Schwarzenegger signed a 27-bill budget-balancing package Tuesday, but
only after making another $489 million in spending cuts
and likening the experience to "the good, the bad and the ugly."
The state's general fund spending will amount to $85 billion, including
the reserve. That's a 7.2 percent drop from spending in the last fiscal
year, and a whopping 17 percent less than two years ago.
More cuts came yesterday to make up for the Legislature's failure to pass a plan to cut local gas tax revenues
and approve new oil drilling measures. Together, those proposals would have brought in more
than $1 billion to state coffers.
The Chron's Wyatt Buchanan reports,
"Among the largest new cuts is nearly $80 million for child welfare
services, which administration officials said would mean fewer
workers available to investigate reports of child abuse
those investigations. In total, child welfare services
and foster care
were cut $121 million.
Already, Democrats are suggesting the new cuts may
be ilegal, bringing an auspicious start to the next
round of budget talks, which should be starting up
again some time before the new year, if we were taking
Buchanan reports, " Most of the governor's new cuts were made to parts of the
plan that Democrats believe were not subject to line-item vetoes.
"We question whether the majority of these vetoes are
state Senate President Pro Tem Darrell Steinberg, D-Sacramento.
Steinberg vowed to restore all the governor's cuts, saying: "This is
not the last word."
Assembly Speaker Karen Bass, D-Baldwin Vista (Los Angeles County),
also challenged Schwarzenegger's actions, saying in a written statement
that he "appears willing to break the law" to make the cuts. She said
she would seek legal counsel on the legitimacy of Schwarzenegger's
"The governor's actions today have not just caused harm; his actions today put lives in jeopardy," Bass said.
E.J. Schultz reports parks and farmland preservation also took a hit.
"Gov. Arnold Schwarzenegger on Tuesday eliminated state
support for a
farmland preservation program that is heavily used
in the Valley -- a
move that could force counties to make more budget
for the Williamson Act was one of 21 vetoes the governor announced in
order to bring the state's 2009-10 budget back into balance after the
Legislature last week passed a plan that was slightly
in the red.
The governor also
sliced $6.2 million from the state parks budget. The cut, on top
$8 million hit that parks took last week, could result
in the closure
of as many as 100 of the state's 279 parks -- but not until after Labor
Day, officials said.
The Media News political team says Schwarzenegger almost seemed to like making the cuts.
Arnold Schwarzenegger seemed to relish the task of reining in
government spending, almost as if it was another cinematic
which to star.
With gusto, he launched blistering attacks against
fraud in the welfare system, demanding that those abusing
the system be
kicked out. He unwaveringly stood his ground on taxes,
Democrats to seriously consider including them in negotiations.
proclaimed himself the guardian of responsible, frugal
didn't seem to matter to Schwarzenegger that fraud in the
minuscule compared with other soaring costs; or that voters actually
favored taxes on oil companies, alcoholic beverages
products; or that he'd previously increased state spending by tens of
billions of dollars after coming to office in 2003.
the Terminator was back, even flashing an oversize knife while smiling
broadly and talking about cutting government spending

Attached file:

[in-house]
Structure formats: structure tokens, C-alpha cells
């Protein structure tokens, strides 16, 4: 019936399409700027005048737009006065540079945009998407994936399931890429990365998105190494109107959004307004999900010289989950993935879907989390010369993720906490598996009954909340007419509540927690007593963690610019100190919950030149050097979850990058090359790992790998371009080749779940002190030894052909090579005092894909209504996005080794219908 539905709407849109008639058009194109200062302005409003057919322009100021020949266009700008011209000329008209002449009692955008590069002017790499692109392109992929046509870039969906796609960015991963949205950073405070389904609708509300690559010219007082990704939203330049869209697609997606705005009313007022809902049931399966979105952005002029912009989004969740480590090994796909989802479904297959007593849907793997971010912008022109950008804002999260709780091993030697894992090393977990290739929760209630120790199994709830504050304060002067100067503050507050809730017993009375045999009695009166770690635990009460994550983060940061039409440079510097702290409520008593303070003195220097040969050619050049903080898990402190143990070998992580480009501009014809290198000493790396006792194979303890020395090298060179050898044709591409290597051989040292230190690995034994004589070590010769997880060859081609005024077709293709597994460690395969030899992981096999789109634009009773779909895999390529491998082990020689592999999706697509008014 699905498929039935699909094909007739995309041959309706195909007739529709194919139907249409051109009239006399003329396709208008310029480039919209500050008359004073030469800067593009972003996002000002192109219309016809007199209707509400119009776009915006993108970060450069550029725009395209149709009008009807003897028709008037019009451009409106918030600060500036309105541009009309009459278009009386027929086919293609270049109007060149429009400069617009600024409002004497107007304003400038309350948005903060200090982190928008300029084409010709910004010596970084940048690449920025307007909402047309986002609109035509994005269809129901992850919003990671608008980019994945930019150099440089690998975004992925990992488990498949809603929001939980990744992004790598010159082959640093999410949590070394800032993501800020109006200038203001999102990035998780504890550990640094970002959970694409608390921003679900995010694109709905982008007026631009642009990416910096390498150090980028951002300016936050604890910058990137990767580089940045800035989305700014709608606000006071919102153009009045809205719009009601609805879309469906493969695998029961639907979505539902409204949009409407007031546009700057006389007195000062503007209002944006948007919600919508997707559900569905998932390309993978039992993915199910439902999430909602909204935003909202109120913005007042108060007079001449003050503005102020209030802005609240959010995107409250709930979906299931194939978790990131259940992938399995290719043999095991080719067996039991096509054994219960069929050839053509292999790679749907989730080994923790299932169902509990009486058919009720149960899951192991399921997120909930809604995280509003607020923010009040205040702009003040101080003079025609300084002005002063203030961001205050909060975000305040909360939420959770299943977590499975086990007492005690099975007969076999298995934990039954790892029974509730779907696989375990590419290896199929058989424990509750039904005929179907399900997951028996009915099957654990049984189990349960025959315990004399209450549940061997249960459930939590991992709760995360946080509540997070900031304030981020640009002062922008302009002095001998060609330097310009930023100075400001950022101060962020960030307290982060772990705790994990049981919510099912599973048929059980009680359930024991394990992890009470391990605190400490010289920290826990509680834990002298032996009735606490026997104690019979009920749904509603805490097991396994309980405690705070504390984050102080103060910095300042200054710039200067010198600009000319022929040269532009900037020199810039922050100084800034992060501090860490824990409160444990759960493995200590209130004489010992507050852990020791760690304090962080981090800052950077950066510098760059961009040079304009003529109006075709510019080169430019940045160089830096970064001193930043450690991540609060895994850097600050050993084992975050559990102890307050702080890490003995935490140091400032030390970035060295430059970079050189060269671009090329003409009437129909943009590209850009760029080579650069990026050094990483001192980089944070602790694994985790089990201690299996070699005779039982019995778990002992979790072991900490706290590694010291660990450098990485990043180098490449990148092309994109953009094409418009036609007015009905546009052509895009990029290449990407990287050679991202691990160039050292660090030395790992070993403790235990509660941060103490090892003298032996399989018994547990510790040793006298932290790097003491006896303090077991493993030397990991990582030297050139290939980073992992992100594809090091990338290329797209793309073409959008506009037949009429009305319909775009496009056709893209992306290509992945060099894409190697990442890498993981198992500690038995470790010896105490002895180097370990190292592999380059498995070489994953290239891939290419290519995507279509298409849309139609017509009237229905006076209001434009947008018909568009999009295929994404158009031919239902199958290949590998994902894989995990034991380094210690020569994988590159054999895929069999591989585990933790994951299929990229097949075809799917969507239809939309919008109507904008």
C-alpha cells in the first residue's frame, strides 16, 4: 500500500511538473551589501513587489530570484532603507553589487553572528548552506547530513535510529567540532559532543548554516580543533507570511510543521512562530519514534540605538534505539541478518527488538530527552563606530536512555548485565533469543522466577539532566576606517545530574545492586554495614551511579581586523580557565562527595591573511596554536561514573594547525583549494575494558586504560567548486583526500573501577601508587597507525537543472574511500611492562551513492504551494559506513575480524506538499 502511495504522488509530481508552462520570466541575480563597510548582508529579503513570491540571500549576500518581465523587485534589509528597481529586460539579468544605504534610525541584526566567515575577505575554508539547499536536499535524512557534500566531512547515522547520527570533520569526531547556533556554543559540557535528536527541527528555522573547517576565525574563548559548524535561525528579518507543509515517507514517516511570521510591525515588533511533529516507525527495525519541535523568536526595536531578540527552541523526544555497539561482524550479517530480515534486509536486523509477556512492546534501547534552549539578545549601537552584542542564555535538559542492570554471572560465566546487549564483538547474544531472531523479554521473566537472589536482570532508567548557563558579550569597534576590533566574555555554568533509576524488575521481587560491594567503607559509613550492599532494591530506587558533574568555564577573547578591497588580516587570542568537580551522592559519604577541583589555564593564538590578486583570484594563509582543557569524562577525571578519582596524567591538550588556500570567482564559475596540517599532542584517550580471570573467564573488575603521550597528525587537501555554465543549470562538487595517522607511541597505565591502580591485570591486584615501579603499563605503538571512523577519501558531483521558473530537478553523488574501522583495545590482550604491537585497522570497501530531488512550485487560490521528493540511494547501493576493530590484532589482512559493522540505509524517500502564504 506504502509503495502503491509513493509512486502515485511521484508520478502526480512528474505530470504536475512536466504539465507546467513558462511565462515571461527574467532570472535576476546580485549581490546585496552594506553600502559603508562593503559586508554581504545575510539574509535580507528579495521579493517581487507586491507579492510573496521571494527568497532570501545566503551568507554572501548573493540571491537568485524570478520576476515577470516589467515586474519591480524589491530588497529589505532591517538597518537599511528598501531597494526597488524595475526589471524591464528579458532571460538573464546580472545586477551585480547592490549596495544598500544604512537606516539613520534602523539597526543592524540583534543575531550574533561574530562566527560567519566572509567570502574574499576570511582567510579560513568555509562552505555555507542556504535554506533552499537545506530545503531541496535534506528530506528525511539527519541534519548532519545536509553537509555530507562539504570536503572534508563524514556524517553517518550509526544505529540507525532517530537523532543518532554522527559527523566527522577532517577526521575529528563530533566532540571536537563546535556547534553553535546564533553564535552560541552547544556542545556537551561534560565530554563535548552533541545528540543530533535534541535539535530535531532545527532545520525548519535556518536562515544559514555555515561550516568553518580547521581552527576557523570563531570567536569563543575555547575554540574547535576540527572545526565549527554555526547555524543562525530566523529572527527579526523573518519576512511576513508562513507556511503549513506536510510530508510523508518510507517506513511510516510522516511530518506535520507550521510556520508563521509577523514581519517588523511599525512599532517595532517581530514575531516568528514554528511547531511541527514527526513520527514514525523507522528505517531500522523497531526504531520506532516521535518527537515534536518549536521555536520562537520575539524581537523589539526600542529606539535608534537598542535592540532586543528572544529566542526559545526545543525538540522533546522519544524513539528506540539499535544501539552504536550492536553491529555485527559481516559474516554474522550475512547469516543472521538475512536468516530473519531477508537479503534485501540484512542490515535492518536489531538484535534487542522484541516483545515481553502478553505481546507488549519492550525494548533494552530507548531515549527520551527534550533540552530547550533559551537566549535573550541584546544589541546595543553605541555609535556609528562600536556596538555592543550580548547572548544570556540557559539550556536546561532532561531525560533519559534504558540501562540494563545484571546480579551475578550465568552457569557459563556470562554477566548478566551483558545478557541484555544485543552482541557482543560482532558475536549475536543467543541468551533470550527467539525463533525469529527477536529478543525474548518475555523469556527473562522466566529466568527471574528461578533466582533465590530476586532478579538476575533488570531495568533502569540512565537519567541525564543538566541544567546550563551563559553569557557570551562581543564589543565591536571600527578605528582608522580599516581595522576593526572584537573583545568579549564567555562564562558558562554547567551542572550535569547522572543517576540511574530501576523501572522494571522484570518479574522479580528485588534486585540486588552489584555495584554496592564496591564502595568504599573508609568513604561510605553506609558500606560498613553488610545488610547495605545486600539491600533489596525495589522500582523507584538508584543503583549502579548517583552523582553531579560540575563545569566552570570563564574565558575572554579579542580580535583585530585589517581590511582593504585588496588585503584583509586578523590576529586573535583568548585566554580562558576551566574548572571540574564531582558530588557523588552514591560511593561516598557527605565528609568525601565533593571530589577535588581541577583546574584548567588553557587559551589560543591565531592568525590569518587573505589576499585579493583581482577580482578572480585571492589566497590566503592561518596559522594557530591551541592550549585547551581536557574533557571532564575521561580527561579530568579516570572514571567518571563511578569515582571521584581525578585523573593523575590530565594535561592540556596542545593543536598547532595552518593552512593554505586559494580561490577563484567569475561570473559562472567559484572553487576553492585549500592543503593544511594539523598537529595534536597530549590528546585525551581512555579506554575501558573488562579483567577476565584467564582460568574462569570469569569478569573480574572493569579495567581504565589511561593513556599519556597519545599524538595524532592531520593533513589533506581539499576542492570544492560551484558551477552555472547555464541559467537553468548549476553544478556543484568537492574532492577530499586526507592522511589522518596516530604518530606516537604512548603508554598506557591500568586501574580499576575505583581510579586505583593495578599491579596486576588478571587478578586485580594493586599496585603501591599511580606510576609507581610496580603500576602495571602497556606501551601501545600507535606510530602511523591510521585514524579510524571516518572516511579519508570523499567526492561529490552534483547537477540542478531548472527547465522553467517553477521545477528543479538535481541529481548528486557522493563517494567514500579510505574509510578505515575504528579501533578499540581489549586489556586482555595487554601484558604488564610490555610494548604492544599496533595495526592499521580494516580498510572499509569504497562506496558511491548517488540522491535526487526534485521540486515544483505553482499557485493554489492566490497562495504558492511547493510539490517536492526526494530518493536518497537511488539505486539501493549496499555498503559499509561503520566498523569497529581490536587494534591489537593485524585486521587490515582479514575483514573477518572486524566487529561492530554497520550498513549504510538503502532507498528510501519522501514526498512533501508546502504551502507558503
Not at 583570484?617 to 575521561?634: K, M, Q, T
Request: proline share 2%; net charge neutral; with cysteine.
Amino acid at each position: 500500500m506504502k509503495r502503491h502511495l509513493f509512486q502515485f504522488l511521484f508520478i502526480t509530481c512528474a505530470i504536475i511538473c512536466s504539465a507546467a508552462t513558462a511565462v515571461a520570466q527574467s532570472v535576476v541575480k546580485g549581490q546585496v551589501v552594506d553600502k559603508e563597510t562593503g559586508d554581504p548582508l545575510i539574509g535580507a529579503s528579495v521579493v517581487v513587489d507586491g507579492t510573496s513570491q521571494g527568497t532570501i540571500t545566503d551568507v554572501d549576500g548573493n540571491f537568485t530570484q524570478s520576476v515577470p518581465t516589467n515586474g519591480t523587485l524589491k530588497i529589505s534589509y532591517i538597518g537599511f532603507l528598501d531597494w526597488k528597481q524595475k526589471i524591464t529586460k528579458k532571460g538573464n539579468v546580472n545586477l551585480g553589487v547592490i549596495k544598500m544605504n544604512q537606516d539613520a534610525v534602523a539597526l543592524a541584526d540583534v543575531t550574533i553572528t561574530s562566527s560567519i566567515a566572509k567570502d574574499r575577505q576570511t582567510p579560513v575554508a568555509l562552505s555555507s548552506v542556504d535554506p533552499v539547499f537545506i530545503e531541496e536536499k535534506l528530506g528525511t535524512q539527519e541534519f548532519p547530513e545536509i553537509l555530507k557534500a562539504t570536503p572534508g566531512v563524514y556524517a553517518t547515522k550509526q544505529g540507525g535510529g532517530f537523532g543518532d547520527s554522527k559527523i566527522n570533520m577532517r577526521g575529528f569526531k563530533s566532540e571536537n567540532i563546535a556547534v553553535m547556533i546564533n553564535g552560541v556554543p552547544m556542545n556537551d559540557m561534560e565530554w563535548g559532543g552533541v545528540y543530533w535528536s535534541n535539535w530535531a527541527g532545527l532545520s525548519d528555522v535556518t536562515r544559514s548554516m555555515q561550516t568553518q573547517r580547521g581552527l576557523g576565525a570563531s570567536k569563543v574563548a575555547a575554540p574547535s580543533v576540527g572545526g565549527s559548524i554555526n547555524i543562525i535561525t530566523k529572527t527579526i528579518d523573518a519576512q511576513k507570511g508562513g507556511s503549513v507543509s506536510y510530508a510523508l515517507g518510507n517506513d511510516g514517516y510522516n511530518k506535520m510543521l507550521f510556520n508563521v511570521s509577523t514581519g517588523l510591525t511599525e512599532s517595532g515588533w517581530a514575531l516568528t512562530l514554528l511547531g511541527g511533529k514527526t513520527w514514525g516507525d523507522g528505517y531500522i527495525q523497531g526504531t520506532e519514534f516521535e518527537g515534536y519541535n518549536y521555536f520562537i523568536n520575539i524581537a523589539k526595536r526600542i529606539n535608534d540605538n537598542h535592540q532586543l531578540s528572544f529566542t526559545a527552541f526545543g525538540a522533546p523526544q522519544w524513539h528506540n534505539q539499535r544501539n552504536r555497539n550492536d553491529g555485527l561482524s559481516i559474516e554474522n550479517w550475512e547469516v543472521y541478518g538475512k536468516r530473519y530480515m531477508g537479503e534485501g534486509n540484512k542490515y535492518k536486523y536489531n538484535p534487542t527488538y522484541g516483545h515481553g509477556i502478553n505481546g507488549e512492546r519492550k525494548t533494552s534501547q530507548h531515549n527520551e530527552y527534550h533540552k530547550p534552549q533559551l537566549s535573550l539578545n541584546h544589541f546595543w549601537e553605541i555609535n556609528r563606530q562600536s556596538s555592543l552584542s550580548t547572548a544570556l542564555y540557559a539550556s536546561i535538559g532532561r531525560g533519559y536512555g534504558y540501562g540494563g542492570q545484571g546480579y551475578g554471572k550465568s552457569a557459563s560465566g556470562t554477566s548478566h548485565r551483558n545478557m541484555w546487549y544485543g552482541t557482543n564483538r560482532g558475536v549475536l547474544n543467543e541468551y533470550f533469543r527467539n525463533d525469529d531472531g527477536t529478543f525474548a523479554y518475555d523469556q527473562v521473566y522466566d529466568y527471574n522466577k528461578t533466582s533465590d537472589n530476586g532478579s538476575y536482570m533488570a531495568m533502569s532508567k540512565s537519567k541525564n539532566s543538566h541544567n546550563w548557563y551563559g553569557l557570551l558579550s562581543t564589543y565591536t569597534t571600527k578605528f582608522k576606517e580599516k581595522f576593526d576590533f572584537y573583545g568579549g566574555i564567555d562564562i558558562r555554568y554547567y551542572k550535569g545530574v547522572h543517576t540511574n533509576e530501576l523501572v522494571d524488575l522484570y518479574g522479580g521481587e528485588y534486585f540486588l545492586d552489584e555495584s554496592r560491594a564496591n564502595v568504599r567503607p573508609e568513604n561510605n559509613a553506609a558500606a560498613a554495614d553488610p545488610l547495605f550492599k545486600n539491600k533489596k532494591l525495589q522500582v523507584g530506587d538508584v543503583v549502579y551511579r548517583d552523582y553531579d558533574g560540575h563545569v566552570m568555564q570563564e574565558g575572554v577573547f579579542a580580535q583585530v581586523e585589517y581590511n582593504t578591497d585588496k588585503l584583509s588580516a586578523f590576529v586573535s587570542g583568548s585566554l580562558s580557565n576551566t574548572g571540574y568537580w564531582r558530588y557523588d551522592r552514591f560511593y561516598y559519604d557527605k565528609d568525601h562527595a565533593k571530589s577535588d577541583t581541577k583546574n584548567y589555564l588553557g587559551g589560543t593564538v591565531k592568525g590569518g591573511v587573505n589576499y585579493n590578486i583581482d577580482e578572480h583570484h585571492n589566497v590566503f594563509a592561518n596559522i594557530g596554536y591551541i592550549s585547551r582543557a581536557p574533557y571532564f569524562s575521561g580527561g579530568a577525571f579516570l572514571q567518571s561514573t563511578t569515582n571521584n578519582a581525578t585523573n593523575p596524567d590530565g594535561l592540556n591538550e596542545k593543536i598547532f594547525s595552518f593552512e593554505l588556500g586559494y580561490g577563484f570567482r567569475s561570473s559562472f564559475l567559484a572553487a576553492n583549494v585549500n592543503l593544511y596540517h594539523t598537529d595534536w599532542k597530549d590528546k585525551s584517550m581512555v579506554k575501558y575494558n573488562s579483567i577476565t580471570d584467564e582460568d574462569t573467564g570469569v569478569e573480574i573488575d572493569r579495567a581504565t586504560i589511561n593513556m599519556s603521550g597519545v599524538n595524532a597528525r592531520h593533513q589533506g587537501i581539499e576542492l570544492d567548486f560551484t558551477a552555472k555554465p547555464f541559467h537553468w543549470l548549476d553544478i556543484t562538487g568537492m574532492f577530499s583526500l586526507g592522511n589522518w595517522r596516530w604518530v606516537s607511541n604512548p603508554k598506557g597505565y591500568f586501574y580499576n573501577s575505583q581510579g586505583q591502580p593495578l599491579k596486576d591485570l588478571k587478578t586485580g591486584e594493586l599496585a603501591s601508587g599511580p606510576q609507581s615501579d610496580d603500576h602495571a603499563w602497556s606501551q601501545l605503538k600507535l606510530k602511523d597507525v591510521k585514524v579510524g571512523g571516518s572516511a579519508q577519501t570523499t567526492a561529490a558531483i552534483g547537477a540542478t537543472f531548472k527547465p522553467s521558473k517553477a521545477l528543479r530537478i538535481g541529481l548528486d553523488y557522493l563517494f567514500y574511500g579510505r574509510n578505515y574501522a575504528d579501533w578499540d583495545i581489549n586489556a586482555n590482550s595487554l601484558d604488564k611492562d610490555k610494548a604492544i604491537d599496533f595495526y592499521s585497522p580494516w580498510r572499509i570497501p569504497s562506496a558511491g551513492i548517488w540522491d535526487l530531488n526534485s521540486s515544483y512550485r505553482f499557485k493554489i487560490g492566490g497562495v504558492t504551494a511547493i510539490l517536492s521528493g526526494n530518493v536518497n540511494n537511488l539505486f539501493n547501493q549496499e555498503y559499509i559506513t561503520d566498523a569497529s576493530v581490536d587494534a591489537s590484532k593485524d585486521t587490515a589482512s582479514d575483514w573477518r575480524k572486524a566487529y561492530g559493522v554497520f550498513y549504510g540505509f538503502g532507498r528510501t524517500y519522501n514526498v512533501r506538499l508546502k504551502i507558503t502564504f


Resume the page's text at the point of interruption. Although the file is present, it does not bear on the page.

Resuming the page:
in a YouTube
video aired just before he and the four legislative
leaders came to an
agreement on paring the general fund budget to $84 billion — down from
more than $100 billion a year ago.
Dan Walters writes the current plan already leaves a big fiscal hole for next year.
"Even Schwarzenegger, who usually puts a positive spin
events, was subdued, reminding reporters that "we are not out of the
troubled waters yet" and pledging that "if our revenues drop further,
(we will) make the necessary cuts in order to again live within
"Even if all the spending cuts
and gimmicks work exactly as planned, even if this
year's revenue meets
expectations, and even assuming the economy begins to recover in 2010,
the administration now projects a 2010-11 deficit of $7 billion to $8
"But given the track record on such projections, the
that many of the current assumptions will prove wrong
and a strong
possibility of continued recession, a deficit in the
$20 billion range
for Schwarzenegger's final budget would seem to be more realistic.
"California is, indeed, sailing in troubled waters."
The LA Times' Jeff Gotlieb reports Laura Richardson is now the subject of a Congressional
Laura Richardson’s rundown Sacramento house, which became the scourge
of the neighborhood and a sore point with an investor
who thought he’d
bought it out of foreclosure, is now the subject of
a House ethics
"The Office of Congressional Ethics contacted real estate
James York, who bought Richardson’s house at a foreclosure auction last
year only to have Washington Mutual take it back after
he had recorded
"The office also has interviewed at least two of the
Democrat’s Sacramento neighbors, asking about their efforts -- and
costs -- in tidying up the yard of Richardson’s two-story house. The
city declared the house a public nuisance on one occasion
“blighted” on another.
And it looks like the end of an era may be coming in
The LAT's Bill Plashke reports, "Vin Scully, thought to be retiring this winter after 60 seasons, said
this week he is planning on coming back for one more summer.
Scully, 81, said if he continues to feel well he will work past
his landmark year and retire after the 2010 season.
"God willing, I will probably come back for one more
year," Scully said
in a phone interview. "At this moment, my health is excellent, and I'm
leaning toward one more year."
And then retire?
"Yes, that makes sense," he said.